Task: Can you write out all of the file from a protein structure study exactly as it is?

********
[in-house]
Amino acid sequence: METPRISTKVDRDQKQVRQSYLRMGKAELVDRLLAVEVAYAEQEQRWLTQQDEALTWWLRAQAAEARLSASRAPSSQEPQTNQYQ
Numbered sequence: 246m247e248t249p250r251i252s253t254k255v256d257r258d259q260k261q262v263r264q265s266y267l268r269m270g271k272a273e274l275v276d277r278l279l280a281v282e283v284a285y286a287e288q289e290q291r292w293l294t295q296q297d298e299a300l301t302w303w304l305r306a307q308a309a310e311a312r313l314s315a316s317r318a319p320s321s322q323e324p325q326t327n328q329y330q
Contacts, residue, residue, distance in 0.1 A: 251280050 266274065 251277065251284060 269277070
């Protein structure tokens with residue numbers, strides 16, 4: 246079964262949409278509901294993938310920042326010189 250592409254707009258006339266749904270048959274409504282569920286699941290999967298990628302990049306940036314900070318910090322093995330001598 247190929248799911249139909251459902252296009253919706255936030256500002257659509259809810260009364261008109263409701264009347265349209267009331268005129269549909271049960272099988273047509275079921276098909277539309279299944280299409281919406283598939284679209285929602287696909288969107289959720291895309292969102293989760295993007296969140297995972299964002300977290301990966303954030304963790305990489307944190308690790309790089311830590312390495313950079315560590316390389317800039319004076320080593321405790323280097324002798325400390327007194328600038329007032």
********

[in-house]
Amino acid sequence: METPRISTKVDRDQKQVRQSYLRMGKAELVDRLLAVEVAYAEQEQRWLTQQDEALTWWLRAQAAEARLSASRAPSSQEPQTNQYQ
Numbered sequence: 246m247e248t249p250r251i252s253t254k255v256d257r258d259q260k261q262v263r264q265s266y267l268r269m270g271k272a273e274l275v276d277r278l279l280a281v282e283v284a285y286a287e288q289e290q291r292w293l294t295q296q297d298e299a300l301t302w303w304l305r306a307q308a309a310e311a312r313l314s315a316s317r318a319p320s321s322q323e324p325q326t327n328q329y330q
Contacts, residue, residue, distance in 0.1 A: 251280050 266274065 251277065251284060 269277070
């Protein structure tokens with residue numbers, strides 16, 4: 246079964262949409278509901294993938310920042326010189 250592409254707009258006339266749904270048959274409504282569920286699941290999967298990628302990049306940036314900070318910090322093995330001598 247190929248799911249139909251459902252296009253919706255936030256500002257659509259809810260009364261008109263409701264009347265349209267009331268005129269549909271049960272099988273047509275079921276098909277539309279299944280299409281919406283598939284679209285929602287696909288969107289959720291895309292969102293989760295993007296969140297995972299964002300977290301990966303954030304963790305990489307944190308690790309790089311830590312390495313950079315560590316390389317800039319004076320080593321405790323280097324002798325400390327007194328600038329007032």